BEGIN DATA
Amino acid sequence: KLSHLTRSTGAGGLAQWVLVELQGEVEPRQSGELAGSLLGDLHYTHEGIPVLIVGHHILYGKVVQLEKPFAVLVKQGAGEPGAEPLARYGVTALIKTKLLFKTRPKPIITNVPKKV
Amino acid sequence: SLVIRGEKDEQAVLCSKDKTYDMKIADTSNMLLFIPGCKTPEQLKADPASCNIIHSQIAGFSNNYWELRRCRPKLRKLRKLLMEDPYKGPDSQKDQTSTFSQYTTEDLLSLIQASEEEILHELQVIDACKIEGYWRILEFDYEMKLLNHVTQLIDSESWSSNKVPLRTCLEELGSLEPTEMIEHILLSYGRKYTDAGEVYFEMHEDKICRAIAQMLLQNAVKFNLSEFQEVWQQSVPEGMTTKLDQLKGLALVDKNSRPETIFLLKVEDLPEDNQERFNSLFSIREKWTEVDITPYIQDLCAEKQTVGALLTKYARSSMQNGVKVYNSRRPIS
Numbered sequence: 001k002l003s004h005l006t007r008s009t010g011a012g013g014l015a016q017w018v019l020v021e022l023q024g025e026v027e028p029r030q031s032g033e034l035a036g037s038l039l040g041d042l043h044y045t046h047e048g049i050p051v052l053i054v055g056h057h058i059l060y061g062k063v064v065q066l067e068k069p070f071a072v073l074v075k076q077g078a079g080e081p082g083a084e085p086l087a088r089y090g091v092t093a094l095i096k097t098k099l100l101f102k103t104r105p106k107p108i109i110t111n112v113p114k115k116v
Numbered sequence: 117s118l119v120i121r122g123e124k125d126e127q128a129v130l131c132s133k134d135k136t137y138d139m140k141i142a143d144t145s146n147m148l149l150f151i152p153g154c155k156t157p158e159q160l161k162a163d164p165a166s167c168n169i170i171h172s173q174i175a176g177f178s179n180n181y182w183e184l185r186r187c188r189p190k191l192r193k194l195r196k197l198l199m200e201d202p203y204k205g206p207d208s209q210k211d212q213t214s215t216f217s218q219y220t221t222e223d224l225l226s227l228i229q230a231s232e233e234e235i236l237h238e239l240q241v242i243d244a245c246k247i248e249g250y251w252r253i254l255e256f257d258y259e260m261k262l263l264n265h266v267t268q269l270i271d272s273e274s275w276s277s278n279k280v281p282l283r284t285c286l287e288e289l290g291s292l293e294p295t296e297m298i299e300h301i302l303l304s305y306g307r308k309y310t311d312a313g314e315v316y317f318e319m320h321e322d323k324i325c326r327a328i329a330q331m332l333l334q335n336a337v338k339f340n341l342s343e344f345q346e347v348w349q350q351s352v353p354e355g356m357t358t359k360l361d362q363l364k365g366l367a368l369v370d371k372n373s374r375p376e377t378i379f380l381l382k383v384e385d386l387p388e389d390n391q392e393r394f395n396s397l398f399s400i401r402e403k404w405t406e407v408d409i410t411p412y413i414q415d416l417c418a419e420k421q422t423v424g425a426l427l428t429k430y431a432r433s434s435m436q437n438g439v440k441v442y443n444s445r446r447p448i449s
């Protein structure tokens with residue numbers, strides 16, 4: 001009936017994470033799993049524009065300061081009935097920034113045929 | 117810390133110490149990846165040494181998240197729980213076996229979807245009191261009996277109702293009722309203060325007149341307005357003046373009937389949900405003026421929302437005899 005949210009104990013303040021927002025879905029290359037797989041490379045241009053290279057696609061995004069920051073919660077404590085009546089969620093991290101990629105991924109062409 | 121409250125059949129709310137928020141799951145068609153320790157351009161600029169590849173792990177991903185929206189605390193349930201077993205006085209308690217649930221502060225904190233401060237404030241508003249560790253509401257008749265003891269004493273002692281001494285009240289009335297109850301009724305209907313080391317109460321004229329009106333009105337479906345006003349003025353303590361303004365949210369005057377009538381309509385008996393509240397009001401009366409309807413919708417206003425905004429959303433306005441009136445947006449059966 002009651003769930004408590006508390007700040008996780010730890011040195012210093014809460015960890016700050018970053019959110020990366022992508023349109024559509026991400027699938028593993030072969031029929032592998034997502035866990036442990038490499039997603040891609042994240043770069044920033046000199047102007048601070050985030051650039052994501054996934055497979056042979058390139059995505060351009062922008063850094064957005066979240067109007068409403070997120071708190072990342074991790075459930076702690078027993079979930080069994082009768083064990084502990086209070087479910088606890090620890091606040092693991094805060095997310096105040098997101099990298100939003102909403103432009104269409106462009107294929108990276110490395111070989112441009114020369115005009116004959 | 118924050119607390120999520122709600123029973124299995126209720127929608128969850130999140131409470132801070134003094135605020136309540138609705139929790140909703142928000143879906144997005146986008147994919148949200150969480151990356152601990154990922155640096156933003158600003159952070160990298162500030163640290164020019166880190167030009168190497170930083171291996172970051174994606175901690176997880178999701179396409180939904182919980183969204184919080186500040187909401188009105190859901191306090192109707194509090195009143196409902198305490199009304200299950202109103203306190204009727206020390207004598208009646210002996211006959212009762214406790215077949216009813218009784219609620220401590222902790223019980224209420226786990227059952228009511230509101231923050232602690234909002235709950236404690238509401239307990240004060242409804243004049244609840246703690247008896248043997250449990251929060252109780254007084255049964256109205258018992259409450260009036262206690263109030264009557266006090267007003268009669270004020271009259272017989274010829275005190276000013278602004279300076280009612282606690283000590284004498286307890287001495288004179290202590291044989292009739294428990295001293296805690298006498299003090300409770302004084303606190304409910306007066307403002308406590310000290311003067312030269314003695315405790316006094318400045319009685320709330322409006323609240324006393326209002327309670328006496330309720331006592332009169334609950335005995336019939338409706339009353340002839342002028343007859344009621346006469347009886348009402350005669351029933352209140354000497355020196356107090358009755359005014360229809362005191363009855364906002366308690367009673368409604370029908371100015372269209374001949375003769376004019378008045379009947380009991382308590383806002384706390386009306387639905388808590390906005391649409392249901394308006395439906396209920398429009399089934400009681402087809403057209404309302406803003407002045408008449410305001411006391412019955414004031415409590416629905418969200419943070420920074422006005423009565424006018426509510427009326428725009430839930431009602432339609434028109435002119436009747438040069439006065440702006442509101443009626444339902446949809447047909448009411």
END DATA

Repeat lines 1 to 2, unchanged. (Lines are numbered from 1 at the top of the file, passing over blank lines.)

Amino acid sequence: KLSHLTRSTGAGGLAQWVLVELQGEVEPRQSGELAGSLLGDLHYTHEGIPVLIVGHHILYGKVVQLEKPFAVLVKQGAGEPGAEPLARYGVTALIKTKLLFKTRPKPIITNVPKKV
Amino acid sequence: SLVIRGEKDEQAVLCSKDKTYDMKIADTSNMLLFIPGCKTPEQLKADPASCNIIHSQIAGFSNNYWELRRCRPKLRKLRKLLMEDPYKGPDSQKDQTSTFSQYTTEDLLSLIQASEEEILHELQVIDACKIEGYWRILEFDYEMKLLNHVTQLIDSESWSSNKVPLRTCLEELGSLEPTEMIEHILLSYGRKYTDAGEVYFEMHEDKICRAIAQMLLQNAVKFNLSEFQEVWQQSVPEGMTTKLDQLKGLALVDKNSRPETIFLLKVEDLPEDNQERFNSLFSIREKWTEVDITPYIQDLCAEKQTVGALLTKYARSSMQNGVKVYNSRRPIS